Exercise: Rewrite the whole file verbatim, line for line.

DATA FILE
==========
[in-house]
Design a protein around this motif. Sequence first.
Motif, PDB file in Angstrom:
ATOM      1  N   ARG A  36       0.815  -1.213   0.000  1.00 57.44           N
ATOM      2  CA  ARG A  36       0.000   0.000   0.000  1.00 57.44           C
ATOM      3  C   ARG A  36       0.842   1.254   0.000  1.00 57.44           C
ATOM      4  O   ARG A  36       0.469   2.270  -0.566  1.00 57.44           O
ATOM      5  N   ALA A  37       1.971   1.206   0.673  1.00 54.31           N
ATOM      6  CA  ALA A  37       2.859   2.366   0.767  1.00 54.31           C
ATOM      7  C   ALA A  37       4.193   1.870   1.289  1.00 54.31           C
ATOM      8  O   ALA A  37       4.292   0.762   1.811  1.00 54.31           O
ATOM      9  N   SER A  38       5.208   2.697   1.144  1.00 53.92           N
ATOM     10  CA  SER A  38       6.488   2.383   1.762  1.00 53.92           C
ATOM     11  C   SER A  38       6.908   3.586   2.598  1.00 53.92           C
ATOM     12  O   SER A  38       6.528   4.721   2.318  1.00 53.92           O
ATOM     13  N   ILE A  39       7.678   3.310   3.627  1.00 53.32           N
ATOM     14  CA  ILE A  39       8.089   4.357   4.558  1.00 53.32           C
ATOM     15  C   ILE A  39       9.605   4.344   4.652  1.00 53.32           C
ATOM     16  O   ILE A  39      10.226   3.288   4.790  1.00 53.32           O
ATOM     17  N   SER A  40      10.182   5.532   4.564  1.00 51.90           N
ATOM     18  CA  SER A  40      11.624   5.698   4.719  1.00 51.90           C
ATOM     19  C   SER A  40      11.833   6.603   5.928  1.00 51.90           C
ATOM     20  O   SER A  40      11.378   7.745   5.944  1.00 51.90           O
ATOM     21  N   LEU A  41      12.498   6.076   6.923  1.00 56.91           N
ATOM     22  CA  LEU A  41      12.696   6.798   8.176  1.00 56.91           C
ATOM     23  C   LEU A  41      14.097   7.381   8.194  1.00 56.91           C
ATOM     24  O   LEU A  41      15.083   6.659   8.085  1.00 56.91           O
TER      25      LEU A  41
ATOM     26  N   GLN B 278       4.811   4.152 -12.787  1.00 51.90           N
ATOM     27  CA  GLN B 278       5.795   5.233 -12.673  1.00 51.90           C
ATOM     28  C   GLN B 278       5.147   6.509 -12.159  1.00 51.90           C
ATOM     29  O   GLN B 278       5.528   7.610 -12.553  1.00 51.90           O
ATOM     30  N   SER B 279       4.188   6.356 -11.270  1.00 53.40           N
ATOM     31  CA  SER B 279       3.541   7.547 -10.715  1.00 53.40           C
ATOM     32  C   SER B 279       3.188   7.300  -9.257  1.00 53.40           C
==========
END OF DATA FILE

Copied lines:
[in-house]
Design a protein around this motif. Sequence first.
Motif, PDB file in Angstrom:
ATOM      1  N   ARG A  36       0.815  -1.213   0.000  1.00 57.44           N
ATOM      2  CA  ARG A  36       0.000   0.000   0.000  1.00 57.44           C
ATOM      3  C   ARG A  36       0.842   1.254   0.000  1.00 57.44           C
ATOM      4  O   ARG A  36       0.469   2.270  -0.566  1.00 57.44           O
ATOM      5  N   ALA A  37       1.971   1.206   0.673  1.00 54.31           N
ATOM      6  CA  ALA A  37       2.859   2.366   0.767  1.00 54.31           C
ATOM      7  C   ALA A  37       4.193   1.870   1.289  1.00 54.31           C
ATOM      8  O   ALA A  37       4.292   0.762   1.811  1.00 54.31           O
ATOM      9  N   SER A  38       5.208   2.697   1.144  1.00 53.92           N
ATOM     10  CA  SER A  38       6.488   2.383   1.762  1.00 53.92           C
ATOM     11  C   SER A  38       6.908   3.586   2.598  1.00 53.92           C
ATOM     12  O   SER A  38       6.528   4.721   2.318  1.00 53.92           O
ATOM     13  N   ILE A  39       7.678   3.310   3.627  1.00 53.32           N
ATOM     14  CA  ILE A  39       8.089   4.357   4.558  1.00 53.32           C
ATOM     15  C   ILE A  39       9.605   4.344   4.652  1.00 53.32           C
ATOM     16  O   ILE A  39      10.226   3.288   4.790  1.00 53.32           O
ATOM     17  N   SER A  40      10.182   5.532   4.564  1.00 51.90           N
ATOM     18  CA  SER A  40      11.624   5.698   4.719  1.00 51.90           C
ATOM     19  C   SER A  40      11.833   6.603   5.928  1.00 51.90           C
ATOM     20  O   SER A  40      11.378   7.745   5.944  1.00 51.90           O
ATOM     21  N   LEU A  41      12.498   6.076   6.923  1.00 56.91           N
ATOM     22  CA  LEU A  41      12.696   6.798   8.176  1.00 56.91           C
ATOM     23  C   LEU A  41      14.097   7.381   8.194  1.00 56.91           C
ATOM     24  O   LEU A  41      15.083   6.659   8.085  1.00 56.91           O
TER      25      LEU A  41
ATOM     26  N   GLN B 278       4.811   4.152 -12.787  1.00 51.90           N
ATOM     27  CA  GLN B 278       5.795   5.233 -12.673  1.00 51.90           C
ATOM     28  C   GLN B 278       5.147   6.509 -12.159  1.00 51.90           C
ATOM     29  O   GLN B 278       5.528   7.610 -12.553  1.00 51.90           O
ATOM     30  N   SER B 279       4.188   6.356 -11.270  1.00 53.40           N
ATOM     31  CA  SER B 279       3.541   7.547 -10.715  1.00 53.40           C
ATOM     32  C   SER B 279       3.188   7.300  -9.257  1.00 53.40           C